The following lecture on Blackguards, from the New York Gazette, we recommend to the special attention of such men as Old Ned, Ralph Scruggs, 'c, 'c, 'c.
The condition of a blackguard, is peculiar. 'The Ethopian may change his skin, or the leopard his spots', but for the blackguard there is no redemption. All efforts at reclaiming him are vain. You may think perhaps for a moment that your exertions are likely to be crowned with success, but the hope soon proves delusive-'the dog hath returned to his vomit, and the sow, that was washed, to her wallowing in the mire.' Arrogance, insolence, and falsehood, cling like 'beeswax' to his skirts. Elevate him, and you only afford an exemplification of the truth of the proverb='set a beggar on horseback, and he will ride to the devil.' The wealth of Croesus or the honors of Caesar, would be showered on him in vain. Fate has decreed it. You cannot transmute a blackguard into a gentleman--to use a homely adage,'You cannot make a silk purse out of a sow's ear.'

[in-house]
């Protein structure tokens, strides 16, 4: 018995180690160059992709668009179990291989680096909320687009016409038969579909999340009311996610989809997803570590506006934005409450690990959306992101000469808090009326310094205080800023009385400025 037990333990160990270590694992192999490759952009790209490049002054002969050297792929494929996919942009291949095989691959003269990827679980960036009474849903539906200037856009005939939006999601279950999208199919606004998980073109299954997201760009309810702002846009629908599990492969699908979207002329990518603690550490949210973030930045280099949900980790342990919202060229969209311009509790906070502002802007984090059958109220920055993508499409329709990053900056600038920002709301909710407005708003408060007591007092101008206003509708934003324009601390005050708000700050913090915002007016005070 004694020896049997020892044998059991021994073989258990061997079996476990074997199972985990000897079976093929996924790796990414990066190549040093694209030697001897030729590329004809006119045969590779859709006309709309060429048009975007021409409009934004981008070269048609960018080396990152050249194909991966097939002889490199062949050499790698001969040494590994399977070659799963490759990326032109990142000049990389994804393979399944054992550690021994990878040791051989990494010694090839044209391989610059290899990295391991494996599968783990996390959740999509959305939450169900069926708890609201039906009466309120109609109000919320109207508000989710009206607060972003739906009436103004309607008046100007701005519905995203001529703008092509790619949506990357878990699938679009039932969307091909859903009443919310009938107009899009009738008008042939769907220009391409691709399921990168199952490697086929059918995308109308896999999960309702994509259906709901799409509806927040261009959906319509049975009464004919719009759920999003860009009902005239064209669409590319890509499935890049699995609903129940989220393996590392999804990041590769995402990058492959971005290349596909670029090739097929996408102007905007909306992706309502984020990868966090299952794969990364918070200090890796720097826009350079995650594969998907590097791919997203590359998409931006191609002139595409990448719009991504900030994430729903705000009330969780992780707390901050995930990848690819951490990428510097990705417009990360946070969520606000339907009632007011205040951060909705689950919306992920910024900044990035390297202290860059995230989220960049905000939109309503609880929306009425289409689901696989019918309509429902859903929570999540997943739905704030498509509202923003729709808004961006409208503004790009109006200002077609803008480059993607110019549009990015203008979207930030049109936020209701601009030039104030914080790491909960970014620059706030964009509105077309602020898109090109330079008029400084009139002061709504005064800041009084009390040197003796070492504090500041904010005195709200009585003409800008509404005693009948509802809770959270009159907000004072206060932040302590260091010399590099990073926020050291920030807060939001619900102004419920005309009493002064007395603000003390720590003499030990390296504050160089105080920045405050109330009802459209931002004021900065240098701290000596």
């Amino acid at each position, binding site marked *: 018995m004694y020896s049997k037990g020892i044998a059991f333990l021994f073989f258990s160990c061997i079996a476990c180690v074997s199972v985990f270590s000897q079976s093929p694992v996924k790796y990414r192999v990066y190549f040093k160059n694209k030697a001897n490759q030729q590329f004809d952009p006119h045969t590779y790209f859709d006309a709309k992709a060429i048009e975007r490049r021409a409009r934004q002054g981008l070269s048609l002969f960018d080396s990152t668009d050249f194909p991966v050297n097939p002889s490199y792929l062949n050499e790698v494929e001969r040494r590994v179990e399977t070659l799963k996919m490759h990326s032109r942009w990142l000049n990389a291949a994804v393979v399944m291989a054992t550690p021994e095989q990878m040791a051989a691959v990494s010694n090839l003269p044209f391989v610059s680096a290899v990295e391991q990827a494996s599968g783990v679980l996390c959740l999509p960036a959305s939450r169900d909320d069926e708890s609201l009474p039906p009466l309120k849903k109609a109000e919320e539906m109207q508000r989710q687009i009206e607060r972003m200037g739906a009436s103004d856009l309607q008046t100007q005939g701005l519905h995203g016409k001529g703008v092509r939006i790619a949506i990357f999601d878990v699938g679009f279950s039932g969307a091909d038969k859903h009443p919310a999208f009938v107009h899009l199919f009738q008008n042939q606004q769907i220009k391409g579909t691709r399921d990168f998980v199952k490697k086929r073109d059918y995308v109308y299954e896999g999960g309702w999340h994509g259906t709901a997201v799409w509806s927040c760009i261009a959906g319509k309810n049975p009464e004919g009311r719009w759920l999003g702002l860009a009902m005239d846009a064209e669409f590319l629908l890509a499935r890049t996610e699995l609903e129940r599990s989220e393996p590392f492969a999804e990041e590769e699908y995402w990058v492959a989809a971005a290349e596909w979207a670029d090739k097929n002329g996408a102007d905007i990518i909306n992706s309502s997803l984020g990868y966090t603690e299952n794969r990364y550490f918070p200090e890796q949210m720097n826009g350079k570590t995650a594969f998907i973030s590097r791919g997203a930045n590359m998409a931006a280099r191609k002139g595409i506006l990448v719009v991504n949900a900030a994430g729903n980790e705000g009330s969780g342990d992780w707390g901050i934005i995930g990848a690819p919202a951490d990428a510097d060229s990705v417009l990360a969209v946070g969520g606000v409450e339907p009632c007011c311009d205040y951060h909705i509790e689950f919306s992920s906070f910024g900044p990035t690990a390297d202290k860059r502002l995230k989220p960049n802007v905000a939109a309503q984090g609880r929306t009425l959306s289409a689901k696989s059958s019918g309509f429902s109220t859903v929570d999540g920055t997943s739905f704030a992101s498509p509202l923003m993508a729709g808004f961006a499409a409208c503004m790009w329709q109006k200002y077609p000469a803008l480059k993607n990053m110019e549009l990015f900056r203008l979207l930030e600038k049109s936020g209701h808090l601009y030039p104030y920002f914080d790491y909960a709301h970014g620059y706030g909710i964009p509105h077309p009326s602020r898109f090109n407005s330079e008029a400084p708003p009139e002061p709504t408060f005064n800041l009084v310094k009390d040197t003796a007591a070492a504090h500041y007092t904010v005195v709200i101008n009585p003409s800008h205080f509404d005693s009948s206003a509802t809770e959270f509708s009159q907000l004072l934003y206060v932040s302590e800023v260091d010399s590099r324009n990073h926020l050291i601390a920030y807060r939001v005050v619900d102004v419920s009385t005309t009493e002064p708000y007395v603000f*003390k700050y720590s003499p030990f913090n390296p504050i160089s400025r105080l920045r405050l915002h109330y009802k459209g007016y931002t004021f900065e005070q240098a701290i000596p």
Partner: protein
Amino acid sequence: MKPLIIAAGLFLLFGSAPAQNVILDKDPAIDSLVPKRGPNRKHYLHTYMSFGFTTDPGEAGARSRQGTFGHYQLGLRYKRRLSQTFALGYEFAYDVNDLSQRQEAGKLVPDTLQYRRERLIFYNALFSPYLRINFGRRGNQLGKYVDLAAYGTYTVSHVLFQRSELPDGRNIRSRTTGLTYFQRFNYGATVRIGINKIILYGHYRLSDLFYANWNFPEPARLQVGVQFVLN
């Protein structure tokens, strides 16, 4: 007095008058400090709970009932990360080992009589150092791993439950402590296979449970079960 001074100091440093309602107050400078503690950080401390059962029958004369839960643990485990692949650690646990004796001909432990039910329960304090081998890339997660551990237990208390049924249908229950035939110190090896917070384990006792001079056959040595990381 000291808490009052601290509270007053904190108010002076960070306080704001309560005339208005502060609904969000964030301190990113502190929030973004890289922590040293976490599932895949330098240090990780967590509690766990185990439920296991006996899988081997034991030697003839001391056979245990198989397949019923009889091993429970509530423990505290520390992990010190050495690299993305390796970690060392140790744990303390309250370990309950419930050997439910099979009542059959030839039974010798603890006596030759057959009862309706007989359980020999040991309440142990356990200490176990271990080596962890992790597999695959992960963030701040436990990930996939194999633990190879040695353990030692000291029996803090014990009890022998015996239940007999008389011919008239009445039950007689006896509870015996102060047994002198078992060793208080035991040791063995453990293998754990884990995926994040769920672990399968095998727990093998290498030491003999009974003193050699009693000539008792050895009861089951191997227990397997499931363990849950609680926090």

In society Character is the first, second, and the ultimate quality. A man is never ruined who has not lost his character; while he who has lost his character, whatever be his position, is ruined to all moral and useful purposes. Envy and calumny will follow a man's success like his shadow; but they will be powerless if he is true to himself, and relies on his native energies to beat or live them down. Virtues may be misrepresented, but they are virtues still; and in vain will an industrious man be called an idler, a sensible man a fool, a prudent man a spendthrift, a persevering man a changeling, or an honest man a knave. The qualities are inherent, and cannot be removed by words, except by a man's own consent; at the same time, all calumniators thrice detected ought to be banished as criminals, unworthy of the benefits of the society of which, however powerless, they endeavored to be the pest and bane.